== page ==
The chief of the Australian Defence Force has come under fire for his advice to cadets on how to avoid being raped.
Angus Campbell told first-year ADF personnel they should prevent the four A's to ensure their safety.
Those four A's include Alcohol, out After midnight, Alone and Attractive.
The comments have come under fire for putting the blame on the victims rather than trying to stamp out the perpetrators of sexual violence.
The ADF has insisted the comments were addressed to cadets of all genders and wasn't aimed at women.
Defence has backed Mr Campbell's statements and believe it will help the first-years 'recognise and mitigate the threat posed by abusive or predatory individuals'.
"In his recent address to the new cohort of ADFA trainee officers, the CDF noted matters in the media regarding allegations of sexual harassment and assault," Defence said in a statement.
"In his view, being aware of the four As - young, attractive people, noting the entire class fell into this risk factor; alcohol; after midnight; and alone - enabled the group to recognise and mitigate the threat posed by abusive or predatory individuals."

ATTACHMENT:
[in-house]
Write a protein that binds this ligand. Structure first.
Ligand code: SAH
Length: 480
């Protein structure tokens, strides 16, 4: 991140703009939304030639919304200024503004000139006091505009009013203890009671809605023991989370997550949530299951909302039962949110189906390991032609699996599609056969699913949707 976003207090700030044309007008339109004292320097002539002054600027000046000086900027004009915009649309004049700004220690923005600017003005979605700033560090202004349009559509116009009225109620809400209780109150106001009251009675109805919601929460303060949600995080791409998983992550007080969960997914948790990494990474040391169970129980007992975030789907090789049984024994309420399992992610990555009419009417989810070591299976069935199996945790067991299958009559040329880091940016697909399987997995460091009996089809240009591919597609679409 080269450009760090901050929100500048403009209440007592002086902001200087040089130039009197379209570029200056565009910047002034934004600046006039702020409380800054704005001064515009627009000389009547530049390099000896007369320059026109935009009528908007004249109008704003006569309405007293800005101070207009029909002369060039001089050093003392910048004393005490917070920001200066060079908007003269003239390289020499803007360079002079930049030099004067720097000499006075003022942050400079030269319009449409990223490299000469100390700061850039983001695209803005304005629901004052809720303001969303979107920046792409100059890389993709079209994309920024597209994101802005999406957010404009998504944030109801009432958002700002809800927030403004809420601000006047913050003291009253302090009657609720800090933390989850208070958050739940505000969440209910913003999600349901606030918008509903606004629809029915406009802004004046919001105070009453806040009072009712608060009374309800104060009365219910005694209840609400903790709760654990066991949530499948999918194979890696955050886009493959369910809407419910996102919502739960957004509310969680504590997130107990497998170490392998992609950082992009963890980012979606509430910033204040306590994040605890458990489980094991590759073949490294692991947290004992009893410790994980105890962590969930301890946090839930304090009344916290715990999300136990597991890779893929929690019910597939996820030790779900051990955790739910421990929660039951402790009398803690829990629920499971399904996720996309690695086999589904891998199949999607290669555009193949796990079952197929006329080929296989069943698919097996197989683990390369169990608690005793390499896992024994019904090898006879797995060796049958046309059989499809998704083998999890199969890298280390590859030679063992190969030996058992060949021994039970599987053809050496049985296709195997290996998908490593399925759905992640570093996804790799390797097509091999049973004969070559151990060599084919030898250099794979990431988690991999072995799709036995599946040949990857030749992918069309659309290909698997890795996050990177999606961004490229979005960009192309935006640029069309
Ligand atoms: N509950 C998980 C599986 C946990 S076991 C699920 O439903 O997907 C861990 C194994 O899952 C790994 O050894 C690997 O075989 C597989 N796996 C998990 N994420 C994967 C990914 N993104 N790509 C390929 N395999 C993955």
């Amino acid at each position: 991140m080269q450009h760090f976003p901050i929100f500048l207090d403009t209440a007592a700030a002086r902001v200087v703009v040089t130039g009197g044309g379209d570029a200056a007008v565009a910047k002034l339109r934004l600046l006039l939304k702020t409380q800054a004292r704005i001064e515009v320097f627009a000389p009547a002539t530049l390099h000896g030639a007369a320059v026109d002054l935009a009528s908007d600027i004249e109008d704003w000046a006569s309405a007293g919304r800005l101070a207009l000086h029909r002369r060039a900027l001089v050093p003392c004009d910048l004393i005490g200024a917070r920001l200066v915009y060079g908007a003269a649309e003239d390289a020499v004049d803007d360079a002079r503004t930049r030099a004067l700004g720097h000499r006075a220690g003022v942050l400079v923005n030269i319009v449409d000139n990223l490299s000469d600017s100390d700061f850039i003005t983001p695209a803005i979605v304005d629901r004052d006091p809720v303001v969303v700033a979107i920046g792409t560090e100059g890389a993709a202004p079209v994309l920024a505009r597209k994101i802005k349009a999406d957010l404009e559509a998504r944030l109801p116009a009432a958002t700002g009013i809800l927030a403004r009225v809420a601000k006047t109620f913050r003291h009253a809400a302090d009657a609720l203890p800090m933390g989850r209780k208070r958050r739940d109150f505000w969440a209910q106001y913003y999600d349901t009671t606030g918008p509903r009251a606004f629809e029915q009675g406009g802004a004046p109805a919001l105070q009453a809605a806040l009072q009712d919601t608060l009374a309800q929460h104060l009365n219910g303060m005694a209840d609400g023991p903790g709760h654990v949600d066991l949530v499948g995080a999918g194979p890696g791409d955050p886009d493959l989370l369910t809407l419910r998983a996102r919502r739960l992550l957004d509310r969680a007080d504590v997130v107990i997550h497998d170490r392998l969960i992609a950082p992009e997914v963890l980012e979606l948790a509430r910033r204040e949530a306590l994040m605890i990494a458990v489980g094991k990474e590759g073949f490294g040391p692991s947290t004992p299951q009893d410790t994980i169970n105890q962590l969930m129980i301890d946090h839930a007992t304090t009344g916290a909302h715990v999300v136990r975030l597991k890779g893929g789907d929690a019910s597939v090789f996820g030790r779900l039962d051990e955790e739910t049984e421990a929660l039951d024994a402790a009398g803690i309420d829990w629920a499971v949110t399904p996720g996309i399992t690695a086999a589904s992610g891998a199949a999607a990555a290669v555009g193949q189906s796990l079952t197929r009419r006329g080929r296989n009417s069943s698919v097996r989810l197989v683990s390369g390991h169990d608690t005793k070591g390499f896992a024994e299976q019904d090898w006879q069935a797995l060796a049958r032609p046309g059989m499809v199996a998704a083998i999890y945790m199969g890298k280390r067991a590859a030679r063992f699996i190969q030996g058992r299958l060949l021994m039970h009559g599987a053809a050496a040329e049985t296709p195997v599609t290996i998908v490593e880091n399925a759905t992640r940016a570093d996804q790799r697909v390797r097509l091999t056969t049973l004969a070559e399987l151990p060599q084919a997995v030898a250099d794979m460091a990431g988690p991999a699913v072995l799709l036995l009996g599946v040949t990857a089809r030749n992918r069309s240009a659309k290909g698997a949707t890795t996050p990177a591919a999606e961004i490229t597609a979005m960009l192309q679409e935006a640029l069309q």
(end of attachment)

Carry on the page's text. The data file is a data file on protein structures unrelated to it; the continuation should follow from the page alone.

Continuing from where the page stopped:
Minister for Foreign Affairs and Women Marise Payne has also backed the ADF chief's comments, however stressed that they weren't meant to victim blame.
"My message is that it is most important that those who would seek to be sexual predators don't - that they stop, and that that behaviour is unacceptable anywhere, anytime and in any circumstance," she said.
"I understand that the CDF was sending to those young men and women. My message first and foremost is about stopping that behaviour."
The ADF has been trying to deal with and tackle instances of rape and sexual assault within their ranks for years.
The number of sexual assault charges against military personnel in 2019 nearly doubled.
The comments have sparked outrage from the Labour Party and the Greens.
Opposition leader Anthony Albanese has warned the ADF needs to make sure it is more concerned with stamping out behaviour that fuels people to commit these crimes.
"Women aren't the problem here, and their behaviour and going out at night, we need to change the behaviour of men in all facets of society," he said.
"People should be able to go out at night and engage in the activity that people, including young people, will engage in, whether they're young men or young women, on an equal basis."
Featured Image Credit: ADF
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